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Part of the Dinosaurs: Ancient Fossils, New Discoveries exhibition.
We can see it in the fossil record.
Fossils that are abundant in earlier rock layers are simply not present in later rock layers. A wide range of animals and plants suddenly died out, from tiny marine organisms to large dinosaurs.
Species go extinct all the time. Scientists estimate that at least 99.9 percent of all species of plants and animals that ever lived are now extinct. So the demise of dinosaurs like T. rex and Triceratops some 65 million years ago wouldn't be especially noteworthy—except for the fact that around 50 percent of all plants and animals alive at the same time also died out in what scientists call a mass extinction.
Early life forms began to flourish during the Cambrian Explosion, 540 million years ago.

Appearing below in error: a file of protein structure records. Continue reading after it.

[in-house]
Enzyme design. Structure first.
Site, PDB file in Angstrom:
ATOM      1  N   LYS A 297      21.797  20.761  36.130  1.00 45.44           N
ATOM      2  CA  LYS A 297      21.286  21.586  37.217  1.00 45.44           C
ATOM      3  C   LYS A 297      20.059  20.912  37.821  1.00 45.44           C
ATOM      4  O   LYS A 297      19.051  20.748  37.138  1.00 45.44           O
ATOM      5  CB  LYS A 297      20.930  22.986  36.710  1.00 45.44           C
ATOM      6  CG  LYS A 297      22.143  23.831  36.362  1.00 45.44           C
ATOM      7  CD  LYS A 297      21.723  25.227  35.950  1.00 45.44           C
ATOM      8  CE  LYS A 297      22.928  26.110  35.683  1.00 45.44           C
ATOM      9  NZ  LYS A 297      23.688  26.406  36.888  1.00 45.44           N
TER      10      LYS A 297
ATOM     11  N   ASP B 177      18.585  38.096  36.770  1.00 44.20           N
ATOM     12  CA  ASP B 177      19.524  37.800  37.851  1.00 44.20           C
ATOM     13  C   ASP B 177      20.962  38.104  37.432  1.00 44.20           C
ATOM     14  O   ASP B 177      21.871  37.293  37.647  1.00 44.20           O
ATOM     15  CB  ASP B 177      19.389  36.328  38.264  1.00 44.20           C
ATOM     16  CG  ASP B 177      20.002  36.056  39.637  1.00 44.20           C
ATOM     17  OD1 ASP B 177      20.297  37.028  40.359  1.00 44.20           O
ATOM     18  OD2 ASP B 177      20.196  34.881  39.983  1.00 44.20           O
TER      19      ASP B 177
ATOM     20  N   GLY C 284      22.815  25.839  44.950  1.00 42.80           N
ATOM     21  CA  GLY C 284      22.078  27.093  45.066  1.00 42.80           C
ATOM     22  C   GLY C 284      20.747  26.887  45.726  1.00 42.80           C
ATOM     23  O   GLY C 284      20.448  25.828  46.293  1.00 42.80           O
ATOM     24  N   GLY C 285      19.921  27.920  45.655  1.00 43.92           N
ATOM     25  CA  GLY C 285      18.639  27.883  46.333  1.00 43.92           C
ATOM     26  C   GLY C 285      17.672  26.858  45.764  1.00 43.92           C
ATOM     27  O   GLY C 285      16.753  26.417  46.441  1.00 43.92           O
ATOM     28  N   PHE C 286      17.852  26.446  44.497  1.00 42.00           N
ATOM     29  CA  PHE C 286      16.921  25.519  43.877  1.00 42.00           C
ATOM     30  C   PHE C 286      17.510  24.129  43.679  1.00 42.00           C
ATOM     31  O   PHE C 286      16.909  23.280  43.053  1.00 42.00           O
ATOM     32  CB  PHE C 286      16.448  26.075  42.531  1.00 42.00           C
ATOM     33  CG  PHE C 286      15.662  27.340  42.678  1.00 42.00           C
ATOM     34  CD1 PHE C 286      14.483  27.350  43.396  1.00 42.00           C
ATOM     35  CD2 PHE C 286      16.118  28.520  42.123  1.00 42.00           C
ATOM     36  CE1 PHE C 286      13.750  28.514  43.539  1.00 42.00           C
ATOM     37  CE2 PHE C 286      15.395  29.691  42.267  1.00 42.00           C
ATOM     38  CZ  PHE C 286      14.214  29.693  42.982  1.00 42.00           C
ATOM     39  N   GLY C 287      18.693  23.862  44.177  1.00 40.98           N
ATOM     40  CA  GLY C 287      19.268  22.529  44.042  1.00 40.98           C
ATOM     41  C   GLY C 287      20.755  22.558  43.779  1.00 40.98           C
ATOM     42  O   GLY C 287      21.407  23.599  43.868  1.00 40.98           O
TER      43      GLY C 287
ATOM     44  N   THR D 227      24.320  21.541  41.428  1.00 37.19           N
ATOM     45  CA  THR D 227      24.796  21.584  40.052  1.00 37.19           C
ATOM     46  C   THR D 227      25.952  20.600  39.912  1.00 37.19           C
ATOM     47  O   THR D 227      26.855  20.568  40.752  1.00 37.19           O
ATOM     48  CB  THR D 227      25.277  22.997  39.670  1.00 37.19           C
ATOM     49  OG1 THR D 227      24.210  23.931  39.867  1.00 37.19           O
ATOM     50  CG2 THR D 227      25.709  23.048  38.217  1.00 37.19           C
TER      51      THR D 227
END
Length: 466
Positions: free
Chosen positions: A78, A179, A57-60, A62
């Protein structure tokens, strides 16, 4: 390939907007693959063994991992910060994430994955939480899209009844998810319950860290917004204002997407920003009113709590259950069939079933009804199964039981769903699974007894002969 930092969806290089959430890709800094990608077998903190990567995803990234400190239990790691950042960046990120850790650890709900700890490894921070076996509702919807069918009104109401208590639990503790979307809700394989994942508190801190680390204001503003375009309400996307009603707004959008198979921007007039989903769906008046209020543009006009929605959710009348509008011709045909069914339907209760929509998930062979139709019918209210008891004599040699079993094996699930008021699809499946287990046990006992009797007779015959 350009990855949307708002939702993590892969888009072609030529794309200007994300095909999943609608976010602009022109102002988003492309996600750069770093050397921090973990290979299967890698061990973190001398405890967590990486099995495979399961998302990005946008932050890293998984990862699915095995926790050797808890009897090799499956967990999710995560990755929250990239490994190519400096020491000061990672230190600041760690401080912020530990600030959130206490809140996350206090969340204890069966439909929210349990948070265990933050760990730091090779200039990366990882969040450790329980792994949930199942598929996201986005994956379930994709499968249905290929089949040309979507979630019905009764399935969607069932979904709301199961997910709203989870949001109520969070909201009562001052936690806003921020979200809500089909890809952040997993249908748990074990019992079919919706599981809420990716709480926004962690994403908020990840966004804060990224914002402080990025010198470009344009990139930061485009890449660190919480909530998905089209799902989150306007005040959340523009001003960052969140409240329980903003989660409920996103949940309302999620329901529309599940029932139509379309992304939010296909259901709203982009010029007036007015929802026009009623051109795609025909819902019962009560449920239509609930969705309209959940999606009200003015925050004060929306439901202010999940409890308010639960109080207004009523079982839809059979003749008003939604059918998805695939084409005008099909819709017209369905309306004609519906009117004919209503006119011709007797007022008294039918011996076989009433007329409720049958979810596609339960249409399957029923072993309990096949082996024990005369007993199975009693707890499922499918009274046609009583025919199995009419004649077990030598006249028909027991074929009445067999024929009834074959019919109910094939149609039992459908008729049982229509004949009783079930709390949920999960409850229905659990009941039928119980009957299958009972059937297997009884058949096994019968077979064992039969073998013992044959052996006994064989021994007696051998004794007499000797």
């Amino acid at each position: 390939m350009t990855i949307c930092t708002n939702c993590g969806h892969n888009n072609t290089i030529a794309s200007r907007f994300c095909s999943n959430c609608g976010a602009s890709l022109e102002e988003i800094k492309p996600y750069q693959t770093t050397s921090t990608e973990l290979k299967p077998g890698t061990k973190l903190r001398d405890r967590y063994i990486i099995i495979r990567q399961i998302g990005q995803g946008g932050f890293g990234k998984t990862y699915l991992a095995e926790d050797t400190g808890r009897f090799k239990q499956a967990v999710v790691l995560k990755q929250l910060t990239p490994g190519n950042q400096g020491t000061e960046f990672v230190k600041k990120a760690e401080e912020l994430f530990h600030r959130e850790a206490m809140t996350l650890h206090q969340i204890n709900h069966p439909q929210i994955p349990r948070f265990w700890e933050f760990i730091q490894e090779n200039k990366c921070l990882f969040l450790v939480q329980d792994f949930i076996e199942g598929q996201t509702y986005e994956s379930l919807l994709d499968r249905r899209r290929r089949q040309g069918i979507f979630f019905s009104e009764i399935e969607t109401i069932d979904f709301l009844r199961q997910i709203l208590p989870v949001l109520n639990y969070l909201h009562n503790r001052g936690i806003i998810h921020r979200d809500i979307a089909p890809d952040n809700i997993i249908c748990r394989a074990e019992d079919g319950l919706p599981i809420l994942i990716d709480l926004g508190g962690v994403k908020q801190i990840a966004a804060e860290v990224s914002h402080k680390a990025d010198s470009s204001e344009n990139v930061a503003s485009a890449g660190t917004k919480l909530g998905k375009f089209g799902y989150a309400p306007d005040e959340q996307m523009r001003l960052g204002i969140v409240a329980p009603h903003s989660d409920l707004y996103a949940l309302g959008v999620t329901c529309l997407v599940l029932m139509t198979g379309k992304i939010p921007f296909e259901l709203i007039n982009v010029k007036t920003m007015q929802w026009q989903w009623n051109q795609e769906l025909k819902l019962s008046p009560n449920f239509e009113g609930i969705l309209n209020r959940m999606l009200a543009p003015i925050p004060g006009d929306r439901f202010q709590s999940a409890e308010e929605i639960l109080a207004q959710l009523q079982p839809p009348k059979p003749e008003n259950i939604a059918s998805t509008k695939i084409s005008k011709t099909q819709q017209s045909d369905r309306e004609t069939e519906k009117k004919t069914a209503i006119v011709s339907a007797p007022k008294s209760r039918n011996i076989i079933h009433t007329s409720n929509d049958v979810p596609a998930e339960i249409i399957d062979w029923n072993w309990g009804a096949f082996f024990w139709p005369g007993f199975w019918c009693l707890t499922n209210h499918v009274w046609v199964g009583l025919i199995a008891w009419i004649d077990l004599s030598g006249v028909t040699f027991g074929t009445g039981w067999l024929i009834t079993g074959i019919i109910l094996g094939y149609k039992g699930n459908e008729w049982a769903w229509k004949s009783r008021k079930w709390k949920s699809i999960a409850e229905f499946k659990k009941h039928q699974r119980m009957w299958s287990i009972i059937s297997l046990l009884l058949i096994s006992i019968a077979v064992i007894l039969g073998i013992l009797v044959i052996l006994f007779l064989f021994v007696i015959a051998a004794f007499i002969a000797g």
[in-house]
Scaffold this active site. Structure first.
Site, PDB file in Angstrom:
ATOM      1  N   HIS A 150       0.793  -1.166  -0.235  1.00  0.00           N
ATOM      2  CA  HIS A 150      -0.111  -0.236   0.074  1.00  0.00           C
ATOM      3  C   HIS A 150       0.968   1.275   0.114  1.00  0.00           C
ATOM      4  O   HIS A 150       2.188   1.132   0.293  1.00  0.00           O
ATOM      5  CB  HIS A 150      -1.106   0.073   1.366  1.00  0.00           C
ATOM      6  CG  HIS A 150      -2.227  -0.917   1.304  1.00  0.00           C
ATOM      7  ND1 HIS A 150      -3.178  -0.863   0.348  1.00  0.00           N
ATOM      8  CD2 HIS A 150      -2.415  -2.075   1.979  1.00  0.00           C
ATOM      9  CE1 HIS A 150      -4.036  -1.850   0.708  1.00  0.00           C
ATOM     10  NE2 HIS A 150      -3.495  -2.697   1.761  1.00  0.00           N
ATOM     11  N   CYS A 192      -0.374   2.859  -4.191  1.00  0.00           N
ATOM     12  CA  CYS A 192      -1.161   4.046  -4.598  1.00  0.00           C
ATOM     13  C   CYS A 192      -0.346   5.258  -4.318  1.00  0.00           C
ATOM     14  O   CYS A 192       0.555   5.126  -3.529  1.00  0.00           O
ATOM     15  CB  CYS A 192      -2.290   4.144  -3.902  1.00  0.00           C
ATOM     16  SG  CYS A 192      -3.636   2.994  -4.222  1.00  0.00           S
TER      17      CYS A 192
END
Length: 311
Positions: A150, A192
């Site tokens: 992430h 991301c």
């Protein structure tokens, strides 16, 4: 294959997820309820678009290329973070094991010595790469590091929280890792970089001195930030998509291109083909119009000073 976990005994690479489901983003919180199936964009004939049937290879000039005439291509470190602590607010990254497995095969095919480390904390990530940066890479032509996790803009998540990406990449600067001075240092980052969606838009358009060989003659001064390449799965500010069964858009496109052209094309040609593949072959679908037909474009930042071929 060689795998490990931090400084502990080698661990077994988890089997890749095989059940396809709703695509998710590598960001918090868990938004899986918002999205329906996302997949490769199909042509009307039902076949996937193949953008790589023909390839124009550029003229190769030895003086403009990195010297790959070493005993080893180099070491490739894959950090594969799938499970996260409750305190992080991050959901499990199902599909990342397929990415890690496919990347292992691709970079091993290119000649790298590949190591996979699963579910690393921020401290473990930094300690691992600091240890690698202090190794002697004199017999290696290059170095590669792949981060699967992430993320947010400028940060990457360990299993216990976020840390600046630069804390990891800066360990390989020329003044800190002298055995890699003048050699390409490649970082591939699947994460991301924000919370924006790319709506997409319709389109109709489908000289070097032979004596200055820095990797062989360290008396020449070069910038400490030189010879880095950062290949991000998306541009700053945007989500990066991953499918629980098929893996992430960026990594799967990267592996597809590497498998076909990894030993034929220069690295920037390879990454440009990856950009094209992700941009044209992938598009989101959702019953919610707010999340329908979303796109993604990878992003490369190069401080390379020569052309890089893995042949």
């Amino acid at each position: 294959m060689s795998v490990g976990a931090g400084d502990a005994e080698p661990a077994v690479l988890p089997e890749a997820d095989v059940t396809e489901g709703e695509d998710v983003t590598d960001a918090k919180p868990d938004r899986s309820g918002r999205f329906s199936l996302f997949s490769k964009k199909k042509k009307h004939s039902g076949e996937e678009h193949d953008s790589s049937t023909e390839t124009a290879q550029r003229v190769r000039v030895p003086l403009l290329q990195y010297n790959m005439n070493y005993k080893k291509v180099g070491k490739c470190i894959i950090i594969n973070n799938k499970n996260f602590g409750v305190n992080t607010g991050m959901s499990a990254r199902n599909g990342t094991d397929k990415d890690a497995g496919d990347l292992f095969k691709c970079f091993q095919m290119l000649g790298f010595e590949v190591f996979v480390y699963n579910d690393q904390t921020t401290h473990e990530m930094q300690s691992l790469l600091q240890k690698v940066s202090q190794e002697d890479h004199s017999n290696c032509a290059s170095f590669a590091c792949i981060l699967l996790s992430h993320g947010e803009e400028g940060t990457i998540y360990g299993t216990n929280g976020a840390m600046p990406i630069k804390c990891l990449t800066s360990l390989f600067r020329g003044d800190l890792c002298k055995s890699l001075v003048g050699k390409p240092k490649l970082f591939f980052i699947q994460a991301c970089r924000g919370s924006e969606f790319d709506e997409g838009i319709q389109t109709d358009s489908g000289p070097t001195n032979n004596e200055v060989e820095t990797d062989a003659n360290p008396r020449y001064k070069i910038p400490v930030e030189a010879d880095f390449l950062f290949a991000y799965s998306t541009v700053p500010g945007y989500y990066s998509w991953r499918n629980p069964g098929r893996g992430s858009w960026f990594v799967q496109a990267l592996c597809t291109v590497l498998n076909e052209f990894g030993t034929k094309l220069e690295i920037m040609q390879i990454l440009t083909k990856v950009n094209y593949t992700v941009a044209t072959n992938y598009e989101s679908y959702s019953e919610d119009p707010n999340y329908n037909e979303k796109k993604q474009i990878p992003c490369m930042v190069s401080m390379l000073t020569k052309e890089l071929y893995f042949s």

Mass extinctions—when at least half of all species die out in a relatively short time—have occurred only a handful of times over the course of our planet's history. The largest mass extinction event happened around 250 million years ago, when perhaps 95 percent of all species went extinct.
Small marine organisms died out.
Many tropical marine species went extinct.
The largest mass extinction event in Earth's history affected a range of species, including many vertebrates.
The extinction of other vertebrate species on land allowed dinosaurs to flourish.
Scientists refer to the major extinction that wiped out non-avian dinosaurs as the K-T extinction, because it happened at the end of the Cretaceous period and the beginning of the Tertiary period. Why not C-T? Geologists use "K" as a shorthand for Cretaceous. "C" is shorthand for an earlier period, the Cambrian.
The extinction that occurred 65 million years ago wiped out some 50 percent of plants and animals. The event is so striking that it signals a major turning point in Earth's history, marking the end of the geologic period known as the Cretaceous and the beginning of the Tertiary period.